"Charging for education in a recession makes little sense, risks stopping many talented young people from fulfilling their dreams and robs us as a country of their full talents."

Students from England who started their degrees after September 2012 have been charged fees of up to £9,000 a year. However, these fees are not paid upfront.

Fees at Welsh universities also rose to up to £9,000 a year, but Welsh students at any UK university pay only the first £3,465 of their fees - the rest is paid by the Welsh government.

Scottish students taking degrees in Scotland (and EU applicants who wish to study in Scotland) do not have to pay for their own tuition.

Students from Northern Ireland who wish to study there, (and European Union students who wish to study in Northern Ireland) will pay course fees of up to £3,575.

 

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  • rate this
    0

    Comment number 26.

    If they want more poor children to go to university then try improving the standard of schools that they attend.

    As always, the lefts answer to everything is spend more money - despite the fact that this never worked when Labour pumped £billions extra into the system.

  • rate this
    +1

    Comment number 25.

    Personally, I would encourage every young person to try for university that wants to go, rack up the debt and then get a nice, easy, low paid job somewhere. Has anyone worked out if it would be cheaper to give grants or loans to students in the long run? And why should it be means tested, surely at 18 they are adult and independent of the bank of mum and dad?

  • rate this
    +1

    Comment number 24.

    re 3:
    Open University fees are "at today's prices, the fee for the full honours degree is £15,372" - not exactly cheap

  • rate this
    +2

    Comment number 23.

    What I don't understand is, if cost is so important, why so few Uk students go abroad and study in other EU countries where fees are much, much lower; €3000 per year at the highest. Even with the additional cost of flights, studying abroad still cheaper than in England. Some universities offer courses in English and all offer affordable language courses.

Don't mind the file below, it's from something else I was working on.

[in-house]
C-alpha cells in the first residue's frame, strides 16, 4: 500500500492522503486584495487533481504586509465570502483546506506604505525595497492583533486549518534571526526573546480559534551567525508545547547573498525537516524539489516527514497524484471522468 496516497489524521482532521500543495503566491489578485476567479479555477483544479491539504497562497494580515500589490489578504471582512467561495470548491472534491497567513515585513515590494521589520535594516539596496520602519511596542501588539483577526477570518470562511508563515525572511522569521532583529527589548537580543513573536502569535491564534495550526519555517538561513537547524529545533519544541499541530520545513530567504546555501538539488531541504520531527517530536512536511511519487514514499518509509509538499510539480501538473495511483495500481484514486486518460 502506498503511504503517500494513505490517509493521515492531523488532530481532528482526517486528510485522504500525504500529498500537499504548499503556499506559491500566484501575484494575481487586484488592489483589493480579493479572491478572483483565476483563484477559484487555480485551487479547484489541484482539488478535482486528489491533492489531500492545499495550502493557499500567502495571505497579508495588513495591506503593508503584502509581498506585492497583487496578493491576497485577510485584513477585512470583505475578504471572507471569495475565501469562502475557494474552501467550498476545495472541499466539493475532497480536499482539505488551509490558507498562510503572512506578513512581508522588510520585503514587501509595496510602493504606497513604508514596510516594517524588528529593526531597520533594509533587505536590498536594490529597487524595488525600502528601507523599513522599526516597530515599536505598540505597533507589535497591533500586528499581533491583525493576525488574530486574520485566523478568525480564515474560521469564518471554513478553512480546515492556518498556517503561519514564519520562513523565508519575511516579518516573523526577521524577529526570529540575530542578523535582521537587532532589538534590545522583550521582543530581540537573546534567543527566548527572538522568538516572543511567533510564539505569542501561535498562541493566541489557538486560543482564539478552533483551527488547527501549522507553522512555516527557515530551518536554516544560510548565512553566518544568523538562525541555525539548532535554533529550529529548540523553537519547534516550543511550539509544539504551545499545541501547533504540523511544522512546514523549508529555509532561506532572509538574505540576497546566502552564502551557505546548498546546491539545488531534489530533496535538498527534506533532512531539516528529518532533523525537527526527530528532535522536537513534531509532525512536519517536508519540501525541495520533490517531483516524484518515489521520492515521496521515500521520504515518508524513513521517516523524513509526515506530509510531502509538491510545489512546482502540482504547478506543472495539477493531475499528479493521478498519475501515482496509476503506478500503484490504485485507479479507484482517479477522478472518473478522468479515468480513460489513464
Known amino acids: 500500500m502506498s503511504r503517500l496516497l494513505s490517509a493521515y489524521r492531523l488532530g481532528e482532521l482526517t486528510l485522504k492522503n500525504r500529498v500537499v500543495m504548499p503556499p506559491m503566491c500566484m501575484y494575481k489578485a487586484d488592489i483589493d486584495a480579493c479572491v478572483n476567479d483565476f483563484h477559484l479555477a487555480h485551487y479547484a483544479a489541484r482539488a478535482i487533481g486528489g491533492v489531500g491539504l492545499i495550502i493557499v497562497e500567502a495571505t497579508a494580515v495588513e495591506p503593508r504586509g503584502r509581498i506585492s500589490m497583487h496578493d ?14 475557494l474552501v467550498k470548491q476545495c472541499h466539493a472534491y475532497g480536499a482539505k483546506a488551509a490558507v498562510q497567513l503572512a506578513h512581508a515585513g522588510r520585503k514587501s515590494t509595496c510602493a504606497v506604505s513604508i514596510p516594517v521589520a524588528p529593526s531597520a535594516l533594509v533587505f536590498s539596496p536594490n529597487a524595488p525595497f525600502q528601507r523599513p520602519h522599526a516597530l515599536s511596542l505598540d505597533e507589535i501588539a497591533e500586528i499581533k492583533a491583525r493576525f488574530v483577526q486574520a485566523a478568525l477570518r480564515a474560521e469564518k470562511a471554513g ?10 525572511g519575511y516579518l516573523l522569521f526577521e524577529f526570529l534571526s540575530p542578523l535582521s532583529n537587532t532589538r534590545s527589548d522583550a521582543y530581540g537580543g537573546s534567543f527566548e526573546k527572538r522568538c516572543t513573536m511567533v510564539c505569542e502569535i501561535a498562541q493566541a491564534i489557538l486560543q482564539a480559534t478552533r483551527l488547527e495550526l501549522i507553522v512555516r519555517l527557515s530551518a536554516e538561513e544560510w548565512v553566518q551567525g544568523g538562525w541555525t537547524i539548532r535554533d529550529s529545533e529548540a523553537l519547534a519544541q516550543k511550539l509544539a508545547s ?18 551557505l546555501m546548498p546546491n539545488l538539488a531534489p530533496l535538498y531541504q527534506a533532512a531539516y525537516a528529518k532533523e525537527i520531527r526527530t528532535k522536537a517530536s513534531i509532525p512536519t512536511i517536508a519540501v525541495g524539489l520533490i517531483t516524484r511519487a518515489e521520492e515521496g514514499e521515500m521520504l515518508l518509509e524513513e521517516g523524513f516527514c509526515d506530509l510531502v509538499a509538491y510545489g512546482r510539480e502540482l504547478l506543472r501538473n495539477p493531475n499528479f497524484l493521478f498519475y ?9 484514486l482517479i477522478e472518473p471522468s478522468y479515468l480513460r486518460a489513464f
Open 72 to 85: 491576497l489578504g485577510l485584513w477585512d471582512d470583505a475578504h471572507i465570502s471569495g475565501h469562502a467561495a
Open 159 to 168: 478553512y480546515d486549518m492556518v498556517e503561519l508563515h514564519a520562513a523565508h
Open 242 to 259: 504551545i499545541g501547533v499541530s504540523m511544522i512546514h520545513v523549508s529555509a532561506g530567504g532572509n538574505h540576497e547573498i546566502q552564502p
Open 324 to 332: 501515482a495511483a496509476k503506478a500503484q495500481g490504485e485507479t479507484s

• rate this
    +1

    Comment number 22.

    tuition fees should be scrapped totally - the idea of 40% plus of the workforce (aka graduates) being in debt for years is a disaster for the economy.
    means testing makes no sense - its not "poorer families" who pay fees - its the graduate who pays. It would mean a highly paid solicitor from a poorer family avoiding fees while a graduate doing a poorly paid but still valuable job lives in poverty.

  • rate this
    +3

    Comment number 21.

    Students usually go to uni after 18 - ie legally adults. Why should family circumstances dictate what an adult chooses to do . My brother was compelled to support his kid til 25 (doctorate). She choose, he HAD to foot the bill.

    As tax allowances cannot be transferred from one to another how can income/wealth be taken into account when assessing costs of a third party!

  • rate this
    +2

    Comment number 20.

    I've always wondered - why are tuition fees not set according to subject? An Engineering/Medical student has around 30 hours of contact time a week compared to some "newer" subjects that are only timetabled for 4 hours a week. Yet everyone pays the same amount - I'd love to know the rationale behind that.

  • rate this
    +2

    Comment number 19.